Abstract [from journal]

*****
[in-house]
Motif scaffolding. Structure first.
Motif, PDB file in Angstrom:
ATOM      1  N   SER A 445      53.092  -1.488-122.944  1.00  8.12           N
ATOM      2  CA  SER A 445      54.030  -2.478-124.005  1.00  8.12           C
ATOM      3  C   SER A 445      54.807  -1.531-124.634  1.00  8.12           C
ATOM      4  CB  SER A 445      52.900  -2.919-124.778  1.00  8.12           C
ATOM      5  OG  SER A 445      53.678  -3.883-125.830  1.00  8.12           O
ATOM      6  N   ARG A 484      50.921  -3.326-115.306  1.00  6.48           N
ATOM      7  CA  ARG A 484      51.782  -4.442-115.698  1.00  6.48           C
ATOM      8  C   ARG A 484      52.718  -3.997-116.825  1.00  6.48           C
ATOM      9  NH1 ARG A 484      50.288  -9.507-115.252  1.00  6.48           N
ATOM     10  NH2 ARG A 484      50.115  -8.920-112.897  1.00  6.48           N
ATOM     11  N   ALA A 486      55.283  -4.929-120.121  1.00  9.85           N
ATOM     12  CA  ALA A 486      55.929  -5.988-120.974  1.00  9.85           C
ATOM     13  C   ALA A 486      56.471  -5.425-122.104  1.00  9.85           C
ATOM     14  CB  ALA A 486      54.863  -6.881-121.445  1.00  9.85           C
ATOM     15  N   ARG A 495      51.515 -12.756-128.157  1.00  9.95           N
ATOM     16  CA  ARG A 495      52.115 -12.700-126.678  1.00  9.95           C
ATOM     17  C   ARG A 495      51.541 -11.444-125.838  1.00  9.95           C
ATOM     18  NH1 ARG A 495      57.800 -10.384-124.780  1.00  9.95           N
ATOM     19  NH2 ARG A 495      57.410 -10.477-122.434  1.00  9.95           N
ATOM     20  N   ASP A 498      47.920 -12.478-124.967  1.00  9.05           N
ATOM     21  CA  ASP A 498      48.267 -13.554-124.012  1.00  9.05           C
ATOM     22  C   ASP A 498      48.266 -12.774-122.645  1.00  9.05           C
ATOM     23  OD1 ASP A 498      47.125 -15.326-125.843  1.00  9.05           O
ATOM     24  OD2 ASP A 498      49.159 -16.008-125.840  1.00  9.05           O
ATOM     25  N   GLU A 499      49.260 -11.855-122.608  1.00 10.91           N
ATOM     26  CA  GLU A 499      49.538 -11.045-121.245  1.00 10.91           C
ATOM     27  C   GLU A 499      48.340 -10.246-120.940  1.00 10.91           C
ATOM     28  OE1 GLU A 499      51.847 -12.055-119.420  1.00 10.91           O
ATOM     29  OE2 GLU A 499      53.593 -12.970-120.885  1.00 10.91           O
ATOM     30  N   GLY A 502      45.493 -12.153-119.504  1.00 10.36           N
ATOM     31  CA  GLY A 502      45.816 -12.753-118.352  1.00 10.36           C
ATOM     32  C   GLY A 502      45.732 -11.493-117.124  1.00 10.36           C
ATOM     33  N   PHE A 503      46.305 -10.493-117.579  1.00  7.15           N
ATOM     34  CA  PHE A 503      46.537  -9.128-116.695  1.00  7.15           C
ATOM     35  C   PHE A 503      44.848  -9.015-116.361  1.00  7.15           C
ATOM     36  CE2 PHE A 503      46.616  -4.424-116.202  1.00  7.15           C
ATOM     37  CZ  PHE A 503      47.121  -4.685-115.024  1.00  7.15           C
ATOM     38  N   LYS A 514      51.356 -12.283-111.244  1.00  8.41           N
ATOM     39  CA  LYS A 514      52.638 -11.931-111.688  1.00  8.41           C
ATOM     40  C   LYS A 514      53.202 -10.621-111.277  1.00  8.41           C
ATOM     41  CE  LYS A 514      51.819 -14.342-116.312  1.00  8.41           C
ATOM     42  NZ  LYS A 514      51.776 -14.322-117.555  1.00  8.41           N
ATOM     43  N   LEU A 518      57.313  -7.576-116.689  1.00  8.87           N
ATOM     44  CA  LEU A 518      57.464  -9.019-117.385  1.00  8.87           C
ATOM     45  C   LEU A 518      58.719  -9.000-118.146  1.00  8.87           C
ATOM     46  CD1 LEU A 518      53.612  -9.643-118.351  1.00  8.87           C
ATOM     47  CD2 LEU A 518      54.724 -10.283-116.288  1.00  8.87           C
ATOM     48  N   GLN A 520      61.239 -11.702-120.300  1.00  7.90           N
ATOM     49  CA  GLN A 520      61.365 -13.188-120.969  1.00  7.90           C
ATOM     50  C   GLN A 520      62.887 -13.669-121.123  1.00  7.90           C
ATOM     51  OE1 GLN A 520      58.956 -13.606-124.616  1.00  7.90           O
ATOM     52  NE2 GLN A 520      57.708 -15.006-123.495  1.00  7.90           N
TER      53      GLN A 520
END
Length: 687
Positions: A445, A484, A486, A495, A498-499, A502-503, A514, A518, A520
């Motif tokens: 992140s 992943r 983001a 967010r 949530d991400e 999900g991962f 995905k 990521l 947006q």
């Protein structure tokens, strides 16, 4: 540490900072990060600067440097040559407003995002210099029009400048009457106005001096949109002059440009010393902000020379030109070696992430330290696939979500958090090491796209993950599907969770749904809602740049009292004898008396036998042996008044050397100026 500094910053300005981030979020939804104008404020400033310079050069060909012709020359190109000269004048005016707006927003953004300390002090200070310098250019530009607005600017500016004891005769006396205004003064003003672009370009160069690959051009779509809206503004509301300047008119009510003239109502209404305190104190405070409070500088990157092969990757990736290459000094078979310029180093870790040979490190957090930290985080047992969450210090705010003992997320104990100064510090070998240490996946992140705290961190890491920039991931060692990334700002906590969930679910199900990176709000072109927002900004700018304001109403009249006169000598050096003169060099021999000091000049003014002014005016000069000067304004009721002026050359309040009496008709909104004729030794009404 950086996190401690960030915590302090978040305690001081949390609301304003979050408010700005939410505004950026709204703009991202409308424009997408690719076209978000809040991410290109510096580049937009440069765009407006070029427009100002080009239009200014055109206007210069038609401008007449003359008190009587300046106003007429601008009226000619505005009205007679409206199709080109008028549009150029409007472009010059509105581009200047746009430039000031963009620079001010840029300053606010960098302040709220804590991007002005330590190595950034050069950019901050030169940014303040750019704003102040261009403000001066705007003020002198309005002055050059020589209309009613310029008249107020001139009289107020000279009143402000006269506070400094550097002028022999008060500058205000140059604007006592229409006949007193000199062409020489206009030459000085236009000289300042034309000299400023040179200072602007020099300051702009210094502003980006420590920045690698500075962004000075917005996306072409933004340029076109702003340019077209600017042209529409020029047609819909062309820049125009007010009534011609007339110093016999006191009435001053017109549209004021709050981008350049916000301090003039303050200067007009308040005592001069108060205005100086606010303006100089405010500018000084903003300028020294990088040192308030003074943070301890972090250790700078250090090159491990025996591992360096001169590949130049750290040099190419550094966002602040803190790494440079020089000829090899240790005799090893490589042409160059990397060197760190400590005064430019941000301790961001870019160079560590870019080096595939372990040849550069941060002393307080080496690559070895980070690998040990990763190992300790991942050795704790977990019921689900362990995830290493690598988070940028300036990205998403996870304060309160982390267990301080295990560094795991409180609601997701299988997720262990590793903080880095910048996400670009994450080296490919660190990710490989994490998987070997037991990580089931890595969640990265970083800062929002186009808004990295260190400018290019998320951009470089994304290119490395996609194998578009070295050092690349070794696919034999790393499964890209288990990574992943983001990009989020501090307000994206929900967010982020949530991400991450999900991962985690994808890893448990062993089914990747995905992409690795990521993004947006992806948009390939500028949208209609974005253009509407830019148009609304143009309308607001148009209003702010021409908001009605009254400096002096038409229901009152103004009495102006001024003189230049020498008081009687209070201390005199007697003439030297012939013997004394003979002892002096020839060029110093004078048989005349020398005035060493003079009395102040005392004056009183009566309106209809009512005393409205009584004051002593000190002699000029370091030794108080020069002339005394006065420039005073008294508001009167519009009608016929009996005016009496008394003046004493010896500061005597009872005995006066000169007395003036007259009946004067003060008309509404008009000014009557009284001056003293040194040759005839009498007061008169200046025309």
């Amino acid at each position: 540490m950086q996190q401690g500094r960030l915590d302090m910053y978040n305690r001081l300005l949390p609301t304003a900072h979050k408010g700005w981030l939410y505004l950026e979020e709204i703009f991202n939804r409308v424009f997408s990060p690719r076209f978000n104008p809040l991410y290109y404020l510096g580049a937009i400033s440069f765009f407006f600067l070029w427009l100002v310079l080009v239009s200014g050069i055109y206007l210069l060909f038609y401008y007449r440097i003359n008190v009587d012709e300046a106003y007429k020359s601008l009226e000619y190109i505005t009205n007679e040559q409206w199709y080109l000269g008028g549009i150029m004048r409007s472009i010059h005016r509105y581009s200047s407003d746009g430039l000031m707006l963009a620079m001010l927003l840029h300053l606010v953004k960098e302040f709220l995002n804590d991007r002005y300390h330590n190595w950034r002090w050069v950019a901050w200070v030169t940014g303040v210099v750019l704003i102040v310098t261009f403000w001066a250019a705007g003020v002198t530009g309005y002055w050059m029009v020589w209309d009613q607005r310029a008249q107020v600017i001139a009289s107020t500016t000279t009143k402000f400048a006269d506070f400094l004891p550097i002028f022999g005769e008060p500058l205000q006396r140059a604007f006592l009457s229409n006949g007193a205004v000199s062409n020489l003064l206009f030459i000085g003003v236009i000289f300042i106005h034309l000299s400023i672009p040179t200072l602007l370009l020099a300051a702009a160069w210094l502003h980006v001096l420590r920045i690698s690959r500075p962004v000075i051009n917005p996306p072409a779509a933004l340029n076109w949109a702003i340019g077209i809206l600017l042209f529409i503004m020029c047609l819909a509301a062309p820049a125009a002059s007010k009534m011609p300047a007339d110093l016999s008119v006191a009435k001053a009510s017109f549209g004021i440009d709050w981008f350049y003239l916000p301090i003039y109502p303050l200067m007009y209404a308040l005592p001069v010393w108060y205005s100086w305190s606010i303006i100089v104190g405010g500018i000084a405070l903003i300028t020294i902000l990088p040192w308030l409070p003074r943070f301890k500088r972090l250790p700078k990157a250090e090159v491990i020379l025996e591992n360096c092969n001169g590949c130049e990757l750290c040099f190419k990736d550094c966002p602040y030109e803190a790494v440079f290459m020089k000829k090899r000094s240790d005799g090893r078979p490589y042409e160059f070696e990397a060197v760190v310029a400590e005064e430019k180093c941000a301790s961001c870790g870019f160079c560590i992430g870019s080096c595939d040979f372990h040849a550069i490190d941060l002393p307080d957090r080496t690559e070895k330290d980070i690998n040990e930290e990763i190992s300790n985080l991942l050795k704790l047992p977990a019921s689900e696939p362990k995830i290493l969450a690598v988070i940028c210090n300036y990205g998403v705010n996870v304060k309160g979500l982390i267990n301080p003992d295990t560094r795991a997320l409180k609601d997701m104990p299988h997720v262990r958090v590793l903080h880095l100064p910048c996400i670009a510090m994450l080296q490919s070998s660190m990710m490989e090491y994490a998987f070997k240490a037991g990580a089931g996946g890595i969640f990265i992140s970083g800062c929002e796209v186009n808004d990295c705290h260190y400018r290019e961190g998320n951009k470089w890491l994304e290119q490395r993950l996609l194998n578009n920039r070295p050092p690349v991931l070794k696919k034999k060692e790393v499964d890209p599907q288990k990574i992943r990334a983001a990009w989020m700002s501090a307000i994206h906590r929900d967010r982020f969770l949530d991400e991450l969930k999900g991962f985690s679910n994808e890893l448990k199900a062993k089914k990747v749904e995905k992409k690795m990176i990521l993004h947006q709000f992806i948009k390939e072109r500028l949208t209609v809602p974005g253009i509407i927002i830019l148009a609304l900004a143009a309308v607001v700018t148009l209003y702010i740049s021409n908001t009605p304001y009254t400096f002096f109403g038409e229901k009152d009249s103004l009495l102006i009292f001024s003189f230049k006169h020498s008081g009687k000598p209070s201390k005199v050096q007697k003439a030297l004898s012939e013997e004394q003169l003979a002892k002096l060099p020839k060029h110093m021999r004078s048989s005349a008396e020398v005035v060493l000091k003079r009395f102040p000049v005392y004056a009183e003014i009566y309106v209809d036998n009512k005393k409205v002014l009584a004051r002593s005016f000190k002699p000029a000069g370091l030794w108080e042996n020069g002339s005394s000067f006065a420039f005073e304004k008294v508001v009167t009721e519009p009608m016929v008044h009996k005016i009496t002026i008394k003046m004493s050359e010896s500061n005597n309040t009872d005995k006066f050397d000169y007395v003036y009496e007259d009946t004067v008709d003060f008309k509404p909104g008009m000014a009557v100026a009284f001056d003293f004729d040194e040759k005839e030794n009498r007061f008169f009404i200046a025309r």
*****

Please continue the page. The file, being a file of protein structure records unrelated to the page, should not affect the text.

Voluntary physical distancing is essential for preventing the spread of COVID-19. We assessed the role of political partisanship in individuals' compliance with physical distancing recommendations of political leaders using data on mobility from a sample of mobile phones in 3,100 counties in the United States during March 2020, county-level partisan preferences, information about the political affiliation of state governors, and the timing of their communications about COVID-19 prevention. Regression analyses examined how political preferences influenced the association between governors' COVID-19 communications and residents' mobility patterns. Governors' recommendations for residents to stay at home preceded stay-at-home orders and led to a significant reduction in mobility that was comparable to the effect of the orders themselves. Effects were larger in Democratic- than in Republican-leaning counties, a pattern more pronounced under Republican governors. Democratic-leaning counties also responded more strongly to recommendations from Republican than from Democratic governors. Political partisanship influences citizens' decisions to voluntarily engage in physical distancing in response to communications by their governor.